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Santa Cruz County Short Sale Specialist

by Patti Lyles

Santa Cruz County Short Sale Specialist

Short Sale Specialist in Santa Cruz County

What is a real estate short sale in Santa Cruz County?

A quick sale in real estate, also commonly called a short sale, happens when a lender is willing to accept a lower pay off on a loan than what is currently owed due to the borrowers inability to continue making payments.

What does it take to qualify for a Santa Cruz County Short sale?

Short Sale Specialist Realtor in Santa Cruz CountyWhile lenders seem to be easier to work with lately regarding qualifications, there are usually three borrower qualifications that most lenders require for a Santa Cruz County short sale.

  1. Negative Equity - The proceeds from the sale of the property, after all closing costs
    are paid, are less than the amount currently owed on the property,
  2. Financial Insolvency - Financial insolvency means that the borrower has no other assets that could cover the deficiency (the difference between what is owed on the property and the proceeds from the sale)
  3. Financial hardship - Financial hardships that are acceptable do vary some from lender to lender, but the most common ones are; divorce or legal separation, loss of employment or reduction in income, job transfer or relocation, incarceration, medical emergencies or major medical expenses, death of a family member, vacant rental properties, damaged property, just to name a few. Most lenders believe that a short sale is not for home owners who simply want to sell, but for those who have to sell.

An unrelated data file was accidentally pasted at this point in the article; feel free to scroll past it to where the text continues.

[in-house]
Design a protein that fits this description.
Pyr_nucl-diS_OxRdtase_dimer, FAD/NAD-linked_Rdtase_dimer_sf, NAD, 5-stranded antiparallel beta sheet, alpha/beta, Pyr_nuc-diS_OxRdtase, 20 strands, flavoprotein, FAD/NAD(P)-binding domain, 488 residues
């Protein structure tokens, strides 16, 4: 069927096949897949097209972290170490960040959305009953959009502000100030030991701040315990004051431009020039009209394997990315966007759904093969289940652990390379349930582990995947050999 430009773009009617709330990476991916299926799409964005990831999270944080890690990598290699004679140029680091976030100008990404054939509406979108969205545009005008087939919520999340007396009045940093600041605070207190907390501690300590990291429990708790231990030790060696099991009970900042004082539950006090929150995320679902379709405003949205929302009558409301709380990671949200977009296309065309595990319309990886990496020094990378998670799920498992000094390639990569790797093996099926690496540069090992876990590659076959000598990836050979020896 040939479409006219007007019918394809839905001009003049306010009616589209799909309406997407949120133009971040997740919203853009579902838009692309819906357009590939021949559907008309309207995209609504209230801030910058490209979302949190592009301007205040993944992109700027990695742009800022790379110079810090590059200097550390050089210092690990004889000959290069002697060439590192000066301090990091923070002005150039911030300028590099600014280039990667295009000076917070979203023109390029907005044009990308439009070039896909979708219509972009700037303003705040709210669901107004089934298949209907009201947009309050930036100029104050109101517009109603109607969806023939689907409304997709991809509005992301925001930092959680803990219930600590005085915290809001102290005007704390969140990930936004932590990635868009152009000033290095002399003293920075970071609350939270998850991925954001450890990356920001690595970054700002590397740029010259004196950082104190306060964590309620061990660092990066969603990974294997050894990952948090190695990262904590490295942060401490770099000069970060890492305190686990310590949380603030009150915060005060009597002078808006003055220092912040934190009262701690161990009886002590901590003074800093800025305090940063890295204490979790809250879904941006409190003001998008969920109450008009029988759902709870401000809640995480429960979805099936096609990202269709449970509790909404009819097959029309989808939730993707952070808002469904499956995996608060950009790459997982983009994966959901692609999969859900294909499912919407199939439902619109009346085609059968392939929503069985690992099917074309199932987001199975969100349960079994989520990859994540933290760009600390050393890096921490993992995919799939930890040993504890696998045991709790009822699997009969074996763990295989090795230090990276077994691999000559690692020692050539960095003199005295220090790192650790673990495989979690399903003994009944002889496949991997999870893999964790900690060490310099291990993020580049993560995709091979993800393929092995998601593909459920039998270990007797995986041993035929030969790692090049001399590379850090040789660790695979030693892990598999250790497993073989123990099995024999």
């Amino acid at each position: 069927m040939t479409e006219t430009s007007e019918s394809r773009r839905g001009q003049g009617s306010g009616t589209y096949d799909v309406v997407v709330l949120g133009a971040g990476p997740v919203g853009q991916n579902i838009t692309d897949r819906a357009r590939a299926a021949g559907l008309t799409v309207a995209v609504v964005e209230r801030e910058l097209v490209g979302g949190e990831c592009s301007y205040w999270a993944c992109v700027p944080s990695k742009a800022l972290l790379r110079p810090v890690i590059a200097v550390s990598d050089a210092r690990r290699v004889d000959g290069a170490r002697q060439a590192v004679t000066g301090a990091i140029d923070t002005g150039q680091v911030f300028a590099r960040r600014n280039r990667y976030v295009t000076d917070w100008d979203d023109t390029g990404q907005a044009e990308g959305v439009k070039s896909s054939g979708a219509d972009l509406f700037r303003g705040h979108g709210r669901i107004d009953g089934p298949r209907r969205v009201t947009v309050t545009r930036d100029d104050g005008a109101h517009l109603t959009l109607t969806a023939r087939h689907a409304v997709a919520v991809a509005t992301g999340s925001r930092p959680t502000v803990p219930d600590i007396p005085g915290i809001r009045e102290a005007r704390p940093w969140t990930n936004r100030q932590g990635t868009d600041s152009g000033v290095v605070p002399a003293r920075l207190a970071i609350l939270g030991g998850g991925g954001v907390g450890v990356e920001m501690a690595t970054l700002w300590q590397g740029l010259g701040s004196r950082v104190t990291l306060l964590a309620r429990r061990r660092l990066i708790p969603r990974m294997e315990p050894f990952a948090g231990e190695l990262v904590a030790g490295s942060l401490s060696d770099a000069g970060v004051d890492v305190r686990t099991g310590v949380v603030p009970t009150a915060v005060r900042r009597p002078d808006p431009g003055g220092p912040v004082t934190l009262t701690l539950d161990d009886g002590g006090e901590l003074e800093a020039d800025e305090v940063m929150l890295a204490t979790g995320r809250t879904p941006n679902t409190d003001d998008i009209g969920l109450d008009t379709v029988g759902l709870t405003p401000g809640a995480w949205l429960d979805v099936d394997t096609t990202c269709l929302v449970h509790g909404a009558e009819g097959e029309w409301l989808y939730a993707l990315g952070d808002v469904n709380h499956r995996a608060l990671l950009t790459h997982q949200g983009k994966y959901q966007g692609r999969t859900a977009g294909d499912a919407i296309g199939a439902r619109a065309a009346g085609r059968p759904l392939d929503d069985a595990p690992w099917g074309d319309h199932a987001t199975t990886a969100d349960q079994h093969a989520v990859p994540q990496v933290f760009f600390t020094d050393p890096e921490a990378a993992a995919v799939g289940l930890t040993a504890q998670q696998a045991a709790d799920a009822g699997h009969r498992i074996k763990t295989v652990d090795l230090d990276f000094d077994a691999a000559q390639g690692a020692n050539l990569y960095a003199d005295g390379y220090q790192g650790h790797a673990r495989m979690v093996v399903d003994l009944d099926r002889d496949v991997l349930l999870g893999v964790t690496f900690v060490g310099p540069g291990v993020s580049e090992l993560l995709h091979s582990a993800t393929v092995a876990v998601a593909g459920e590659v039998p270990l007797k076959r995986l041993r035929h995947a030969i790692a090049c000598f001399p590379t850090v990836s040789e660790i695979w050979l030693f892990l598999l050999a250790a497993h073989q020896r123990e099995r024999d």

Is it possible for me to get money back for completing a short sale?

Until recent times, it was almost unheard of for a home owner to get money back in a short sale. Things have changed for the better. The HAFA program, backed by the US Government, allows homeowners $3,000 to use towards relocation expenses. In addition, some lenders will offer generous incentives of their own in addition to money offered through the HAFA program. We have seen home owners get as much as $35,000 back to complete a short sale.

Who will pay the Santa Cruz County short sale Realtors® commission?

In a short sale it is customary for a lender to cover all fees associated with the sale of the property, including your Santa Cruz County short sale specialist as well. In almost all cases, a home owner in hardship will pay no out of pocket expense to complete a short sale transaction.

How Can a Santa Cruz County short sale specialist help me?

As a Santa Cruz County short sale specialist, I have helped many home owners who are in a Short Sale Realtordifficult financial season get a fresh start with a short sale. Short sales are not part of our "basic training" as real estate agents, and are something that should only be left to those of us who are especially qualified and experienced. Experience is everything when it comes. I'll not only market your home in the traditional manor, but will guide you through this transition while simultaneously processing the short sale with your lender. Visit my website for more information on the short sale process.

 

Patti Lyles

License Number: 01385517

Century 21

831-704-7058

avoidforeclosuresantacruz.com

~ Your Santa Cruz County Short Sale Specialist Realtor® ~

 

Buying a short-sale property comes with risk

by Patti Lyles
 In this deal, ball is in lender's court

By Dian Hymer